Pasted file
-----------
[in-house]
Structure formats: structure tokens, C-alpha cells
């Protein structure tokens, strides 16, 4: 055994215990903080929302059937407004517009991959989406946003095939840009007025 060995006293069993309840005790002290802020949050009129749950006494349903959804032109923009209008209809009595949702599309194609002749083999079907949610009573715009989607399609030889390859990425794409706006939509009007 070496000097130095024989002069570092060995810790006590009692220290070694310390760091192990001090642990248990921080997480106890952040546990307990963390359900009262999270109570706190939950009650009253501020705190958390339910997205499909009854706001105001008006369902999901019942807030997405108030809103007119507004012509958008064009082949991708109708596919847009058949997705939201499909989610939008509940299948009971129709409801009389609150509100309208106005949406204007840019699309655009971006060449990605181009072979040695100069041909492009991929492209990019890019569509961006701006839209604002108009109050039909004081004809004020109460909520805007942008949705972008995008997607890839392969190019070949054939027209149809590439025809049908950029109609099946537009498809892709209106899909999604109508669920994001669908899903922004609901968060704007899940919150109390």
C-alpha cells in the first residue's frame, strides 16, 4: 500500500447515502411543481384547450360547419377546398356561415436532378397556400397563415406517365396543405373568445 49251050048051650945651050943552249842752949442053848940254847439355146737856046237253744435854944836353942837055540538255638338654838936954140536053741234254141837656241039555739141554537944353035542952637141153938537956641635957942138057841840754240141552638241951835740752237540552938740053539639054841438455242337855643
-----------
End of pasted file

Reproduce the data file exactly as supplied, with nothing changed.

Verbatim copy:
[in-house]
Structure formats: structure tokens, C-alpha cells
């Protein structure tokens, strides 16, 4: 055994215990903080929302059937407004517009991959989406946003095939840009007025 060995006293069993309840005790002290802020949050009129749950006494349903959804032109923009209008209809009595949702599309194609002749083999079907949610009573715009989607399609030889390859990425794409706006939509009007 070496000097130095024989002069570092060995810790006590009692220290070694310390760091192990001090642990248990921080997480106890952040546990307990963390359900009262999270109570706190939950009650009253501020705190958390339910997205499909009854706001105001008006369902999901019942807030997405108030809103007119507004012509958008064009082949991708109708596919847009058949997705939201499909989610939008509940299948009971129709409801009389609150509100309208106005949406204007840019699309655009971006060449990605181009072979040695100069041909492009991929492209990019890019569509961006701006839209604002108009109050039909004081004809004020109460909520805007942008949705972008995008997607890839392969190019070949054939027209149809590439025809049908950029109609099946537009498809892709209106899909999604109508669920994001669908899903922004609901968060704007899940919150109390």
C-alpha cells in the first residue's frame, strides 16, 4: 500500500447515502411543481384547450360547419377546398356561415436532378397556400397563415406517365396543405373568445 49251050048051650945651050943552249842752949442053848940254847439355146737856046237253744435854944836353942837055540538255638338654838936954140536053741234254141837656241039555739141554537944353035542952637141153938537956641635957942138057841840754240141552638241951835740752237540552938740053539639054841438455242337855643